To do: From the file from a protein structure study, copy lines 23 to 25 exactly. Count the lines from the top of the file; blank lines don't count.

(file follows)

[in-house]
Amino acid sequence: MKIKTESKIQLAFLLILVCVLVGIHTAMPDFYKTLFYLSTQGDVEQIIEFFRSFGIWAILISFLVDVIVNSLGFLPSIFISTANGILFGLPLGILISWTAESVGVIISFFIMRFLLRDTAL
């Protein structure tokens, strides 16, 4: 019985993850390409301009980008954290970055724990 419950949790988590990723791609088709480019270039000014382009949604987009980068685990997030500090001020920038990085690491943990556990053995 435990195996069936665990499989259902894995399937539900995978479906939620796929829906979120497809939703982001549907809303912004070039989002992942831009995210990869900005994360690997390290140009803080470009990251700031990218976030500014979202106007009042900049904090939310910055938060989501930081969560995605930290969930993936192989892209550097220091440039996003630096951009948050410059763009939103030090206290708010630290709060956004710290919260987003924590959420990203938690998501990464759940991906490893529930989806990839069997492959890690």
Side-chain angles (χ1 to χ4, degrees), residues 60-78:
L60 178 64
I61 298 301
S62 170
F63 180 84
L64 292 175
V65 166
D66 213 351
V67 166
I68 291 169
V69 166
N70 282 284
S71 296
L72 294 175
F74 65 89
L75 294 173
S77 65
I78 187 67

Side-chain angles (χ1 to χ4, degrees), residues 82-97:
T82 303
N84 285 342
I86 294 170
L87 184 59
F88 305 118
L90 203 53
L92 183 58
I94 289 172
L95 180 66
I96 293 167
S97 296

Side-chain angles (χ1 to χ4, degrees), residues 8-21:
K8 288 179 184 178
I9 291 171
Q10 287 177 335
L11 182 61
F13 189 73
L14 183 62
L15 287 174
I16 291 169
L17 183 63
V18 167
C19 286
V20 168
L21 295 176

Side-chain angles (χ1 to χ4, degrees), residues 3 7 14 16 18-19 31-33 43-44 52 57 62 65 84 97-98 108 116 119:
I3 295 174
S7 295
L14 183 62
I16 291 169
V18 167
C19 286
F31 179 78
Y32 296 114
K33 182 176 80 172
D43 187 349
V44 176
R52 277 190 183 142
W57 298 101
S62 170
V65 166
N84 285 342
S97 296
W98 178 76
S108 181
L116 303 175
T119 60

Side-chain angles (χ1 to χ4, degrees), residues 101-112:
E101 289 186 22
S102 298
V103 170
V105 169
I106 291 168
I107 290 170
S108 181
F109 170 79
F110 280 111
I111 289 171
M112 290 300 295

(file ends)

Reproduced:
T82 303
N84 285 342
I86 294 170